In 2009, when Apple (NASDAQ:AAPL) was breaking away from the smartphone pack, the tagline “There’s an app for that” helped the company do it. It wasn’t just a mere marketing ploy, however — there really is an app for nearly any hand-held need you can think up.
Surprisingly, the ETF industry hasn’t borrowed the same tagline, though it certainly could. As of the latest count, there were more than 1,500 U.S.-listed exchange-traded funds, with hundreds more that only trade overseas. With that many choices floating around in the equity ether, it’s tough to imagine that at least one of them doesn’t fit your most stringent (or strange) income investing needs.
Feel free to ferret them out if you like. But if you just want to be pointed in the right direction, here are some great ETFs for each income-generating goal:
Rising Dividends: SPDR S&P Dividend ETF
10/31 Yield: 3.16%
Expense Ratio: 0.35%
While a 9% yield from a stock is nice now, if the absolute payout (in dollar terms) is the same 30 years from now as it is today on the initial investment, owners have a right to be upset. The solution? A fund that makes a point of raising dividends over time, just like their underlying stocks do.
To be fair, the per-share dividend payout hasn’t grown tremendously since the ETF’s inception in 2006. But the payout has been far more reliable than the market’s overall performance for the same period. (In other words, it’s still your best bet for dividend growth over a long stretch of time.)
As a close second in the category, consider the Vanguard Dividend Appreciation ETF (NYSE:VIG). Although the current yield is anemic at 2.12%, VIG actually has demonstrated a little bit of measurable dividend growth since 2006.
See also: 25 Most Dangerous Funds to Own Now
Stable Dividends: iShares Dow Jones Select Dividend ETF
10/31 Yield: 3.49%
Expense Ratio: 0.4%
While dividend growth is important, it doesn’t do income investors a bit of good if the quarterly or monthly dividend isn’t reliable. The iShares Dow Jones Select Dividend ETF (NYSE:DVY) is designed to deliver that stability. Since 2004, DVY’s quarterly dividend has never fallen below 40 cents per share, and never topped 60 cents.
On the surface, it would seem like the occasional huge payout would be nice, but with payout spikes come equally nasty payout plunges. The iShares Select Dividend Fund simply avoids that volatility altogether, holding rock-solid dividend stocks like Lorillard (NYSE:LO) and Chevron (NYSE:CVX).
High Yields/High Risk: iShares iBoxx $ High Yield Corporate Bond ETF
10/31 Yield: 6.85%
Expense Ratio: 0.5%
As they say, the greater the reward, the greater the risk. If that’s true for income investors, then they can expect big things from the iShares iBoxx $ High Yield Corporate Bond ETF (NYSE:HYG). Yes, it’s a “junk bond” fund, but with a yield of 6.86%, the colloquialism is irrelevant — the payout is the part to focus on.
But doesn’t junk eventually rot, break or disintegrate? Sometimes — but you might be surprised to find out some of the companies whose debt technically qualifies as “junk,” at least according to their credit rating. This fund holds debt from companies like Sprint (NYSE:S), First Data and Community Health Systems (NYSE:CYH). That’s not to say they’re all wildly profitable, but you certainly could do a lot worse.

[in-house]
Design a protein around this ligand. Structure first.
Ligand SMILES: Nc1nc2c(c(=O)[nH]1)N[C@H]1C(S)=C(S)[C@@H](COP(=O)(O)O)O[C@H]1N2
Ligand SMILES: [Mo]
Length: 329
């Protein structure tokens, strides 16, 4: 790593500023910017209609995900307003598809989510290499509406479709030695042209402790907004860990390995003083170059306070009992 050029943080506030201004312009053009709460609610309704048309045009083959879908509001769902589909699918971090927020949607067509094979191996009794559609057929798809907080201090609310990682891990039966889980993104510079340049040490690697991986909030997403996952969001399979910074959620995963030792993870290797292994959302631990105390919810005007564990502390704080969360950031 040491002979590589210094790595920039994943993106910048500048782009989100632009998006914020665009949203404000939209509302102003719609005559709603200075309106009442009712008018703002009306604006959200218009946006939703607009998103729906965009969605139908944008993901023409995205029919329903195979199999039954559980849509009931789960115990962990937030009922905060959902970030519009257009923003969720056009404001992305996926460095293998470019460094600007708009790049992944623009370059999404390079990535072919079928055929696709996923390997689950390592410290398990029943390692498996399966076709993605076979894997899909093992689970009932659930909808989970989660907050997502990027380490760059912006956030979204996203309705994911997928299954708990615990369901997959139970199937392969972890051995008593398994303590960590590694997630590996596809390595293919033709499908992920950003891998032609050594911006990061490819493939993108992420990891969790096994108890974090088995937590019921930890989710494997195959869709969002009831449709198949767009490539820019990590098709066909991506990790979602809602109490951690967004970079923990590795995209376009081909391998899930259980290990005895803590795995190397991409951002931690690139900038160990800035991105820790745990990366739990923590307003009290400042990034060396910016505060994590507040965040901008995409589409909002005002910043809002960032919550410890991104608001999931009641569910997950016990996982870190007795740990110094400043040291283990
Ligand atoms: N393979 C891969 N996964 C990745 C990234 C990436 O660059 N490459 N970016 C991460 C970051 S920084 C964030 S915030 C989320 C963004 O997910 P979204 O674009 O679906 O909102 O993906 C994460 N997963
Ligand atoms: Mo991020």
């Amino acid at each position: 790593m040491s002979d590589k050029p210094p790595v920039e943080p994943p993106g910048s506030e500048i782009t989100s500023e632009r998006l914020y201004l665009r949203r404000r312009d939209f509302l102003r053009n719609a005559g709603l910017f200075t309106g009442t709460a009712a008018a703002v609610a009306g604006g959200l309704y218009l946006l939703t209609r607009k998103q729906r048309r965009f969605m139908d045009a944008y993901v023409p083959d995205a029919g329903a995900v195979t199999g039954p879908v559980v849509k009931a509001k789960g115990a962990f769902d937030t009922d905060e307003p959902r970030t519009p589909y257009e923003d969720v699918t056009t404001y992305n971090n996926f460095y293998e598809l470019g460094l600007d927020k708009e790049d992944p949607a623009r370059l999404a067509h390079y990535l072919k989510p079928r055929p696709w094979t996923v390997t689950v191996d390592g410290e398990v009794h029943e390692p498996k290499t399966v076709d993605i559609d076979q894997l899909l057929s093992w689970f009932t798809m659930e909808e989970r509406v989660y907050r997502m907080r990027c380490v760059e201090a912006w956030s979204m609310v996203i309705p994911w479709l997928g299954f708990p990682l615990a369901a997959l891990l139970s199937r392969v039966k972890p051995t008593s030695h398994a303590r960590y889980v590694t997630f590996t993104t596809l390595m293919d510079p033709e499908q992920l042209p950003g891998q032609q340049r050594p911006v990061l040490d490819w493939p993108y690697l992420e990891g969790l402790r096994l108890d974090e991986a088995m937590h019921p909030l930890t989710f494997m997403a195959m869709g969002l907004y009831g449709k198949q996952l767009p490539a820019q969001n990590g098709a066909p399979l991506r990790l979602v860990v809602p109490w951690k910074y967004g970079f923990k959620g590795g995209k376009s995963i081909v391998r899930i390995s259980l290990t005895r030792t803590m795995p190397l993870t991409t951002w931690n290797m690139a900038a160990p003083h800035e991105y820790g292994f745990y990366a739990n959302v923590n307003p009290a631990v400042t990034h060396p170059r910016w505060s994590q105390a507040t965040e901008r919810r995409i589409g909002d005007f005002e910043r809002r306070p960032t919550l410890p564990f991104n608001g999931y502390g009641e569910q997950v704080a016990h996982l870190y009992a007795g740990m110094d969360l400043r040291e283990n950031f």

The runner-up for the high-yield ETF category is the SPDR Barclays Capital High Yield Bond ETF (NYSE:JNK), which currently is paying out 6.94%.
High Yields/Low Risk: PowerShares S&P 500 Buy/Write Portfolio ETF
10/31 Yield: 10.28%
Expense Ratio: 0.75%
If you like higher-than-average payouts and are willing to adapt when the market’s environment changes, then the PowerShares S&P 500 Buy/Write Portfolio ETF (NYSE:PBP) might be a better fit than a high-yield bond fund. The portfolio employs an option-trading strategy where stocks are purchased, then it sells call options against those stocks.
There’s a caveat, however. While the trailing yield of 10.28% is juicy, the fund has only managed to issue those kinds of payouts because the market environment has been volatile but indecisive. If the market starts to trend convincingly — even if slowly — the call-writing strategy starts to sputter, and PBP actually could underperform the broader market.
Yield and Growth: Guggenheim Multi-Asset Index ETF
10/31 Yield: 5.11%
Expense Ratio: 0.78%
Last but not least, if you’re just looking for a good, all-around income ETF that you don’t have to re-assess day in and day out, then you might want to go with the Guggenheim Multi-Asset Index ETF (NYSE:CVY).
As its name implies, it owns a little of everything, yields 5.11%, and is only about three-fourths as volatile as the broad market is. Yet, that same slow-and-steady diversified approach has more than paid off. How so? The Guggenheim Multi-Asset Index ETF has outperformed the S&P 500 for the past three years, as well as the past five.
Boring can be beautiful, too.
As of this writing, James Brumley did not hold a position in any of the aforementioned securities.